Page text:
Anandamide Transforms Noncopulating Rats into Sexually Active Animals
Article first published online: 20 AUG 2012
© 2012 International Society for Sexual Medicine
The Journal of Sexual Medicine
Volume 10, Issue 3, pages 686–693, March 2013
How to Cite
Canseco-Alba, A. and Rodríguez-Manzo, G. (2013), Anandamide Transforms Noncopulating Rats into Sexually Active Animals. Journal of Sexual Medicine, 10: 686–693. doi: 10.1111/j.1743-6109.2012.02890.x
- Issue published online: 4 MAR 2013
- Article first published online: 20 AUG 2012
- Male Sexual Behavior Expression;
- Sexual Inhibition;
- Cannabinoid Receptors;
- Sexual Arousal
Introduction. Noncopulating (NC) male rats are apparently normal and healthy animals that will not mate despite repeated exposure to sexually receptive females. Several lines of evidence suggest the involvement of endogenous opioids in this sexual inhibitory state. Endogenous opioids and endocannabinoids are neuromodulators of neurotransmitter release, although through different mechanisms.
Aim. To establish if the endocannabinoid anandamide was able to induce sexual behavior expression in male rats classified as noncopulators.
Methods. NC male rats were intraperitoneally (i.p.) injected with anandamide or vehicle and tested for copulatory behavior with a receptive female during 120 minutes. Fourteen days after anandamide or vehicle injection, the animals were subjected to a second sexual behavior test during 60 minutes.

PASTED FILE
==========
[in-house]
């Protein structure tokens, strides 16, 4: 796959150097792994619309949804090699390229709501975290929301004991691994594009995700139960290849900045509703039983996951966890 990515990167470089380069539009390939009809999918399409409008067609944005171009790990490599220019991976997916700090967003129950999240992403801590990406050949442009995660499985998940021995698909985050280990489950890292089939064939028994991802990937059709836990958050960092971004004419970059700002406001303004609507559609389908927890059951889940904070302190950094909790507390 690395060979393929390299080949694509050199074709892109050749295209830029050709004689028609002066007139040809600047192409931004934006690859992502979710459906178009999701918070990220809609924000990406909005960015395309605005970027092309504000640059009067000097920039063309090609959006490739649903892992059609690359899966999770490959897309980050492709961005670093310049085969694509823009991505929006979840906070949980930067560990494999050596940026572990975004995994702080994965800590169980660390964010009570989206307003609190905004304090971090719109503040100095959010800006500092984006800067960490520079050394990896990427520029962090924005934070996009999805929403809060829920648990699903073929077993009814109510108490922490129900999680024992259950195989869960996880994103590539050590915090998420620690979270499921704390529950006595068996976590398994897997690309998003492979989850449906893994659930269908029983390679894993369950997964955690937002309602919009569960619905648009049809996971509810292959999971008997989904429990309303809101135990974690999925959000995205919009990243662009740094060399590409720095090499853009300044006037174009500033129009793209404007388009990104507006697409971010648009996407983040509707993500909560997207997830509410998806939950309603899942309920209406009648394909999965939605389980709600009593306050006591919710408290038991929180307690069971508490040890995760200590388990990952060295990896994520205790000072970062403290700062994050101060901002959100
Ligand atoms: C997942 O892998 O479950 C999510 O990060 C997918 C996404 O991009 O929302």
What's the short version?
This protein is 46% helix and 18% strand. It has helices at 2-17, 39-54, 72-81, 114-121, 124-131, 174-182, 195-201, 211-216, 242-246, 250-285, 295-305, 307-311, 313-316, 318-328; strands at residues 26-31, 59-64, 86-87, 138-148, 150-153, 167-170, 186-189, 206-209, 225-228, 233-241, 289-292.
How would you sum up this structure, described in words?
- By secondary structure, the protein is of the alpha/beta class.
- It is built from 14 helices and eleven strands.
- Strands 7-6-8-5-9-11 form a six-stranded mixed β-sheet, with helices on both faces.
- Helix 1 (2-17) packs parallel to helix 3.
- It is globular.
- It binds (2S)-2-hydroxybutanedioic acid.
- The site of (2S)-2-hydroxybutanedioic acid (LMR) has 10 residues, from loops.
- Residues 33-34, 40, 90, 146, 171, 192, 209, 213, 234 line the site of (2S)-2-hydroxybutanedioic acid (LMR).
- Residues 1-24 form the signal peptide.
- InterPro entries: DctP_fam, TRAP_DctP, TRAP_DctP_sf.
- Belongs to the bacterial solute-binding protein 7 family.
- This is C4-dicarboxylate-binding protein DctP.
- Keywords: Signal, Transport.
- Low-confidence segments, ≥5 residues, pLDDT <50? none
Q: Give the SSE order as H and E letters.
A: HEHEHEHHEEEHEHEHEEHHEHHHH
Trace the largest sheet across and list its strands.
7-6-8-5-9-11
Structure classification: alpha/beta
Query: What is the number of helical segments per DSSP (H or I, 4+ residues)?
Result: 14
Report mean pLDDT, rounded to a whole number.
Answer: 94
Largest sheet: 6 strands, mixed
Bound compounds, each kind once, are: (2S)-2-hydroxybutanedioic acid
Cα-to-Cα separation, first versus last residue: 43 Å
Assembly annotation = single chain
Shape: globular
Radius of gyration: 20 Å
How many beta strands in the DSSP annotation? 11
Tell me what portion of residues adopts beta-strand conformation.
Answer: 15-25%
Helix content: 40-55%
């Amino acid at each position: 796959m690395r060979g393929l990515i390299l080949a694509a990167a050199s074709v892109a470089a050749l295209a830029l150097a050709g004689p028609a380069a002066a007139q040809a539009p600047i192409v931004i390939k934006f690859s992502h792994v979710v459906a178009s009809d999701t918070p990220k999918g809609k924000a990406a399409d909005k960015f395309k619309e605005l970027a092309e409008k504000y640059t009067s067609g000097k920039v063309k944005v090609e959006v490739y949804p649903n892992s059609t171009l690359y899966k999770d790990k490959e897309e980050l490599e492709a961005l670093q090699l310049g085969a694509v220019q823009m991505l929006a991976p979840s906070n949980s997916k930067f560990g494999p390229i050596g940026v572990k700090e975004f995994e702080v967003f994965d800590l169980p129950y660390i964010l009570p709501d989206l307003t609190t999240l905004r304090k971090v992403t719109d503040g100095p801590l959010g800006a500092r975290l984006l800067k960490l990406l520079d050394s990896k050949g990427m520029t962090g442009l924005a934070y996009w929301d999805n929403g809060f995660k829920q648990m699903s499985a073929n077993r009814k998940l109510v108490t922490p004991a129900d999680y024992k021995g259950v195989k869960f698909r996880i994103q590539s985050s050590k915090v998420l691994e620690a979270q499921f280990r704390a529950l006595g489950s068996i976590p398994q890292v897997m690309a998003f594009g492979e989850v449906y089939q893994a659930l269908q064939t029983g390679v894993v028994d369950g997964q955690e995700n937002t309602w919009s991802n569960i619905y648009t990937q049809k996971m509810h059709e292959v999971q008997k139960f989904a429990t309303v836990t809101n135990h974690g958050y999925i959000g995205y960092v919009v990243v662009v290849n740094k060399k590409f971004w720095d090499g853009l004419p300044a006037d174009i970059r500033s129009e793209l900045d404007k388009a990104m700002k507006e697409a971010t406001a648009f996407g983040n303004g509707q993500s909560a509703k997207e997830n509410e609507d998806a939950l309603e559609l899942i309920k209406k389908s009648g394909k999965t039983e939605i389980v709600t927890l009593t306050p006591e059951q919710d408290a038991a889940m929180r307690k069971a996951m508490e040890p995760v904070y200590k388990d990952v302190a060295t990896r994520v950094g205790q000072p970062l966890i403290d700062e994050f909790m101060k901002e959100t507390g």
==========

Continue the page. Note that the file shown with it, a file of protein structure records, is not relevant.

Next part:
Main Outcome Measures. The percentage of rats showing male sexual behavior responses: mount, intromission, ejaculation, and copulation resumption after ejaculation and the specific sexual behavior parameters were quantified.
Results. Anandamide injection induced sexual behavior expression in 50% of previously NC rats, while the NC animals injected with vehicle did not show sexual behavior. The responding animals executed several successive ejaculatory series and were still capable of showing sexual behavior 14 days after anandamide injection. Copulation in these rats (the first copulatory series) was characterized by a large number of mounts and intromissions preceding ejaculation, as well as by statistically significant increases in the latencies to mount, intromit, and ejaculate when compared with the sexual performance of sexually naïve animals copulating for the first time.
Conclusion. The endocannabinoid anandamide transforms previously NC rats into sexually active animals, capable of showing sexual behavior in a long-lasting manner. Only half of the NC population responds to anandamide injection, suggesting that different mechanisms underlie the sexual inhibition of NC rats. The endocannabinoid system seems to play a role in the regulation of male rat sexual behavior expression. Canseco-Alba A and Rodríguez-Manzo G. Anandamide transforms noncopulating rats into sexually active animals. J Sex Med 2013;10:686–693.